No problem, I’ve got plenty of those. I’ve set up the bike in three different configurations over the past few months:

Config 1: With Garmin Vector 3 pedals
Config 2: With Favero Assioma Duo pedals

Within this timeframe I’ve also seen multiple firmware versions, with most of the data below from either the most recent or version prior to it. The most recent firmware version adds in the ability to turn off ERG mode smoothing, which gives us more granularity for measuring ERG mode power accuracy.

We’re going to start this parade with today’s ride actually, a Zwift Race. Or, well, it was supposed to be a race until the Zwift Apple TV app froze as the starting line clock struck zero. Again. So, I just rode instead. In any case, here’s that data from a high level against the Favero Assioma pedals:

For the purposes of the above chart, I applied a 10-second smoothing factor simply so you can see through the haze of constant shifts in power as I bridged various groups. Here, this is what it looks like for just a small couple minute section without smoothing:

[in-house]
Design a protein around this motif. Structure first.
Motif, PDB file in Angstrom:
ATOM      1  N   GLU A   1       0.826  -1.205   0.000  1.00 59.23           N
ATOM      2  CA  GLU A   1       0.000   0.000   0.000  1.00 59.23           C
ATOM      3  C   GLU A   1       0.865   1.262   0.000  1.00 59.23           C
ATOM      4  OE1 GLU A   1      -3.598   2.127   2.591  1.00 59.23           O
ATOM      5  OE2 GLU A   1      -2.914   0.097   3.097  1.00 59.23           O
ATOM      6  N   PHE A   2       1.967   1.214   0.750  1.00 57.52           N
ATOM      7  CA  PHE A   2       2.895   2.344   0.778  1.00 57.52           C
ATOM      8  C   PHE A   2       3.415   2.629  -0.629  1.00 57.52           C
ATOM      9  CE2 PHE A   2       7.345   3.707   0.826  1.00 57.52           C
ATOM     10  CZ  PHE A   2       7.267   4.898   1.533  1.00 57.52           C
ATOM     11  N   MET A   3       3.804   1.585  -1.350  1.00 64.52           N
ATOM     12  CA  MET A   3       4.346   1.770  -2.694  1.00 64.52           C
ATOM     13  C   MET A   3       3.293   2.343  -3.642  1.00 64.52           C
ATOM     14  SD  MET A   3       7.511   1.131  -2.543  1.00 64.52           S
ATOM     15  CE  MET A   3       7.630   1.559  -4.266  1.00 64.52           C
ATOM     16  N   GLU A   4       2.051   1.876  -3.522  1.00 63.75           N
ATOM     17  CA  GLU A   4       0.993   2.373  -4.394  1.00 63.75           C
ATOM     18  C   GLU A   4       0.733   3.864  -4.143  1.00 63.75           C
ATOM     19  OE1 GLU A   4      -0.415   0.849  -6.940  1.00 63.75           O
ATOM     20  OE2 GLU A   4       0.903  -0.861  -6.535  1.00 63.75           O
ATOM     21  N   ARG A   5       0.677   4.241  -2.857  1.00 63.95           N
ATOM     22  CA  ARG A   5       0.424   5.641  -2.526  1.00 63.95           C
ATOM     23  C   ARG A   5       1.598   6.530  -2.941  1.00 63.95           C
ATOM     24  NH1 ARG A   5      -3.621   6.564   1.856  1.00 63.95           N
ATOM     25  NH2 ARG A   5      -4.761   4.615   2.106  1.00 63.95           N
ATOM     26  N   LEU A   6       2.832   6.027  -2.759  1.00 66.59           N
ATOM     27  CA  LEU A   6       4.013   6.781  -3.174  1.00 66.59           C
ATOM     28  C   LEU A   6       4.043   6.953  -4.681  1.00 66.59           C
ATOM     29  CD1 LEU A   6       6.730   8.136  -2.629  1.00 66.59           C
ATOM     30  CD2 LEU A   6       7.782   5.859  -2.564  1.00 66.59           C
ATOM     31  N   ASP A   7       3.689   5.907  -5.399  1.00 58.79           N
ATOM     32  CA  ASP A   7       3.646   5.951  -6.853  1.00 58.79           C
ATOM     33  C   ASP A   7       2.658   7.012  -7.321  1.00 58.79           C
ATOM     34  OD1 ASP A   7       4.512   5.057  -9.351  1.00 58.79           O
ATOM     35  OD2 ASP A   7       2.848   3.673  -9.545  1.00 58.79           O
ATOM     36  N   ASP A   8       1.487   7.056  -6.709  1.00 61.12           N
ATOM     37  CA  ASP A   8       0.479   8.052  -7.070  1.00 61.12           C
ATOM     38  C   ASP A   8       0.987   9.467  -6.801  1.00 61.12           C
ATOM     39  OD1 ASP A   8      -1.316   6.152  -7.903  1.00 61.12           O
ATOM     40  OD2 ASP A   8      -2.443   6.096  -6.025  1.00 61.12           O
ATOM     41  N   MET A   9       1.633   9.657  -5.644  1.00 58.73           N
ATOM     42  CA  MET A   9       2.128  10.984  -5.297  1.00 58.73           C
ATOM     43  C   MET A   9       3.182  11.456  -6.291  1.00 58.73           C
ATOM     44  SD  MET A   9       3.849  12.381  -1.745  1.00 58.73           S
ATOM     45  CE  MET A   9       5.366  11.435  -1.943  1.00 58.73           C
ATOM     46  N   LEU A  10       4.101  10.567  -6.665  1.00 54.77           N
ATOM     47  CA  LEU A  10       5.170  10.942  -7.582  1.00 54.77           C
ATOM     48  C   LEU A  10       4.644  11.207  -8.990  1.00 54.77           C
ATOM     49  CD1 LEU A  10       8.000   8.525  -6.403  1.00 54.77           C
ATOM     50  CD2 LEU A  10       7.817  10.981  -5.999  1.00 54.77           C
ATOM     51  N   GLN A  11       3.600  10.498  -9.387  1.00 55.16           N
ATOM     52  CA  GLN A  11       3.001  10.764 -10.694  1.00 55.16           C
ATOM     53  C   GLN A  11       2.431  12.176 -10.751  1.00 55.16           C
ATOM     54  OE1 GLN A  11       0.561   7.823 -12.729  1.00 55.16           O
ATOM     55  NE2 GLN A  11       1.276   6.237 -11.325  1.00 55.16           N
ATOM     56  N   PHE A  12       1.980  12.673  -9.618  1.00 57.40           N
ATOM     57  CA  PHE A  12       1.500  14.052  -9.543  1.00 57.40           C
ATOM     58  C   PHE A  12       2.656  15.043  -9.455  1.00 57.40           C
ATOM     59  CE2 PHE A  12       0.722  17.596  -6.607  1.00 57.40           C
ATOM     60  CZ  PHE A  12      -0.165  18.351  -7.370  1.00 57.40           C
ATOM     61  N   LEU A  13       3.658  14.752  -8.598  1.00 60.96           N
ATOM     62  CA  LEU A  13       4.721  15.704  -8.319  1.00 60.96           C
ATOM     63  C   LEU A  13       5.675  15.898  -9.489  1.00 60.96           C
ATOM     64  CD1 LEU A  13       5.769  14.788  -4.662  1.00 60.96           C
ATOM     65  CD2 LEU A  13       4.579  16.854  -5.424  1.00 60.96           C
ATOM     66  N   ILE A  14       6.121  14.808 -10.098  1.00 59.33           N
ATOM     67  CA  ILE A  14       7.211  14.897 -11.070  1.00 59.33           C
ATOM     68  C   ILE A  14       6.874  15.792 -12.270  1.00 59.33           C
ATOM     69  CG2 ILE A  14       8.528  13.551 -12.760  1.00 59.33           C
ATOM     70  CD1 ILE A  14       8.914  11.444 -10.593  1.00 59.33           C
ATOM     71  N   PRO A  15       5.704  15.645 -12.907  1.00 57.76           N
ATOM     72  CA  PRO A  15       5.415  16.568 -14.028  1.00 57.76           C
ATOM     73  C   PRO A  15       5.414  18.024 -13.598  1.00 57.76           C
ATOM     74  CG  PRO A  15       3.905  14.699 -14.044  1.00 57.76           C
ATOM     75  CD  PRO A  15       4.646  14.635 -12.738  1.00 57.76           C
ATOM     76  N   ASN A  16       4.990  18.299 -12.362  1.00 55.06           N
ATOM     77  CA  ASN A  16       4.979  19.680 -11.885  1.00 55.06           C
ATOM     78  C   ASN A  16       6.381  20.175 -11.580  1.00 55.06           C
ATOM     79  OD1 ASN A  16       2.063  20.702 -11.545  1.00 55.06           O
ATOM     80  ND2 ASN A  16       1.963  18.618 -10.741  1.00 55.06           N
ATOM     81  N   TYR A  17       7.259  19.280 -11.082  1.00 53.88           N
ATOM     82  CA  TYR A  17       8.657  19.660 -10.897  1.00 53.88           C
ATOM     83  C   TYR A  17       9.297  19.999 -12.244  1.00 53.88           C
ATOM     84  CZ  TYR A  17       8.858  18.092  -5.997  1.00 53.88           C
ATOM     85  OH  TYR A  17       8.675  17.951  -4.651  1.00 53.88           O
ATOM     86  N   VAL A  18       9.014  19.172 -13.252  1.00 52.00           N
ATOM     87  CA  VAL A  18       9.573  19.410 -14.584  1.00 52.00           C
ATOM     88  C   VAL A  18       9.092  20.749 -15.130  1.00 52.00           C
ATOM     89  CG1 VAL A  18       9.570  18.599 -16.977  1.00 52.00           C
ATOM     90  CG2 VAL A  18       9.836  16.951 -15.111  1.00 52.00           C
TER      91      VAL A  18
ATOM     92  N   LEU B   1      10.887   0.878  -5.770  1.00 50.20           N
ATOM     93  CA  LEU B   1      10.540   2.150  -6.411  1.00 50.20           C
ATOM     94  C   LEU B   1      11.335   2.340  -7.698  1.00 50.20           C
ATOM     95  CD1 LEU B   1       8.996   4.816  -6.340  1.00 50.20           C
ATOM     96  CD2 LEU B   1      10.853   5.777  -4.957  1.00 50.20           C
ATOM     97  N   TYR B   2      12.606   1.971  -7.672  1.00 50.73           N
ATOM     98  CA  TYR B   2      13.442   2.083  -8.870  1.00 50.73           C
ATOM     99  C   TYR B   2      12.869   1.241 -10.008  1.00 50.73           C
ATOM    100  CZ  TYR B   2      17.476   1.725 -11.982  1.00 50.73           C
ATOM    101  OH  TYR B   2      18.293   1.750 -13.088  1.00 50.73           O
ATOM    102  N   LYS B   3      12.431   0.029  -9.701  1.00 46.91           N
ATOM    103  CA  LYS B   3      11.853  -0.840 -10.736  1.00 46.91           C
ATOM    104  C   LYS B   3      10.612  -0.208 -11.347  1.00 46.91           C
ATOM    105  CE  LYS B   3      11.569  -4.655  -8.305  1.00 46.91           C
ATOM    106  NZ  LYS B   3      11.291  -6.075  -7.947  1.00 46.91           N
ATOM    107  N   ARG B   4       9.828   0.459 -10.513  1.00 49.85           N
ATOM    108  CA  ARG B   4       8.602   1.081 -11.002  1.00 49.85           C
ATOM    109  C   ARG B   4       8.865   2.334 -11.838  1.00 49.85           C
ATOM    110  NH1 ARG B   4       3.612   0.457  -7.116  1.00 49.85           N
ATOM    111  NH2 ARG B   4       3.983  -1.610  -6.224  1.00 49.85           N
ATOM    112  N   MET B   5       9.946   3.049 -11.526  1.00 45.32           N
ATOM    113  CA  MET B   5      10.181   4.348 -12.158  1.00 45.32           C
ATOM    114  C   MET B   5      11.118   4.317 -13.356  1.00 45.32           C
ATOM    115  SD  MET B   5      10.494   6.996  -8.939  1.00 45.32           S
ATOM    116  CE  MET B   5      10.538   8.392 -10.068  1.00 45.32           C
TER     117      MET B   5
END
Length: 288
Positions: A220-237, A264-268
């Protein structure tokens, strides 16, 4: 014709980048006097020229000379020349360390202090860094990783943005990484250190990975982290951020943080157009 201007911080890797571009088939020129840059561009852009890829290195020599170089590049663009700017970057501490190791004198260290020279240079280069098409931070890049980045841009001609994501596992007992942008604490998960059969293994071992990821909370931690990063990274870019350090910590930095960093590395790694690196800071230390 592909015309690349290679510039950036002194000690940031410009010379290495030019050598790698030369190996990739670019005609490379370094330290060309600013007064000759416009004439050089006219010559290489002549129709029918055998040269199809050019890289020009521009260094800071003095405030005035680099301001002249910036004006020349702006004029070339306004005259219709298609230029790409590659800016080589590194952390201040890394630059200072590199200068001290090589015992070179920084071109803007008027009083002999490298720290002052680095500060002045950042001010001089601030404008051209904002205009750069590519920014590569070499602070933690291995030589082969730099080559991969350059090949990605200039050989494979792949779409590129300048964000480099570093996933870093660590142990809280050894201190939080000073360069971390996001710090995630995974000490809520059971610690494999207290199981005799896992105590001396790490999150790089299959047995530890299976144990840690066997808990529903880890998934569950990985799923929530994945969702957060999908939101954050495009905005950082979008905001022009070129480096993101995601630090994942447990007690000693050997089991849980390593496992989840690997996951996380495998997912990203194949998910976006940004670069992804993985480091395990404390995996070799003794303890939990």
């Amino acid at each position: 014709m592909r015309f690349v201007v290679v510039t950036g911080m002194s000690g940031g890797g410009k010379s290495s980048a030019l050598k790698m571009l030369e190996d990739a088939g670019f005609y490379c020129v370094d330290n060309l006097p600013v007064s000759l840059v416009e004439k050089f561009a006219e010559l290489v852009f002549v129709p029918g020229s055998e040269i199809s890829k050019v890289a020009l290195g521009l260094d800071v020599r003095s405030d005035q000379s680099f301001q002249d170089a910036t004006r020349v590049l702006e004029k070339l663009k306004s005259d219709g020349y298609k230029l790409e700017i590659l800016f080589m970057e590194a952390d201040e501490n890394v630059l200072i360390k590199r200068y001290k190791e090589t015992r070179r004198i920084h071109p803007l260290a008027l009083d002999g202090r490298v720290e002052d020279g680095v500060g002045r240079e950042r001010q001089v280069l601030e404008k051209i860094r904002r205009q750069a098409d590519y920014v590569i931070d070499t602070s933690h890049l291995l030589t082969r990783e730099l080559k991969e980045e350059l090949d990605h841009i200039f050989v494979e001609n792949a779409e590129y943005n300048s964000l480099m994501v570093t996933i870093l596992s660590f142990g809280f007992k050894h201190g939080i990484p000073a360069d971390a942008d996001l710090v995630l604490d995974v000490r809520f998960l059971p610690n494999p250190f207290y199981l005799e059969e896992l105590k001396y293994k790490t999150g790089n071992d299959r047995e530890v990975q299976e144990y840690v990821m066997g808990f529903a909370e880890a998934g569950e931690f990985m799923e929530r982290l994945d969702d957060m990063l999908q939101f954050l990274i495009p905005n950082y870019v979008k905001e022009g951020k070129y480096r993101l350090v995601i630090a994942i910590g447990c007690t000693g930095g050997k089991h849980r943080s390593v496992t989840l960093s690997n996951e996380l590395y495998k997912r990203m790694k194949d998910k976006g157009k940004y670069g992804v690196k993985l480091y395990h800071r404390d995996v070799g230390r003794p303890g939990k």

It is actually really quite close – with the only differences being at the single-second level (meaning, second to second there might be variances due to recording/transmission timing rates). If we smooth the above chart to a 5-second rolling average, here’s what it looks like:

There’s some very slight shifts in who has a higher power versus the other – usually within a couple watts, which is within the spec of both units. Even on a bike like this there’s still going to be some very slight drivetrain losses. So in theory the Favero Assioma pedals should be marginally higher than the KICKR Bike power.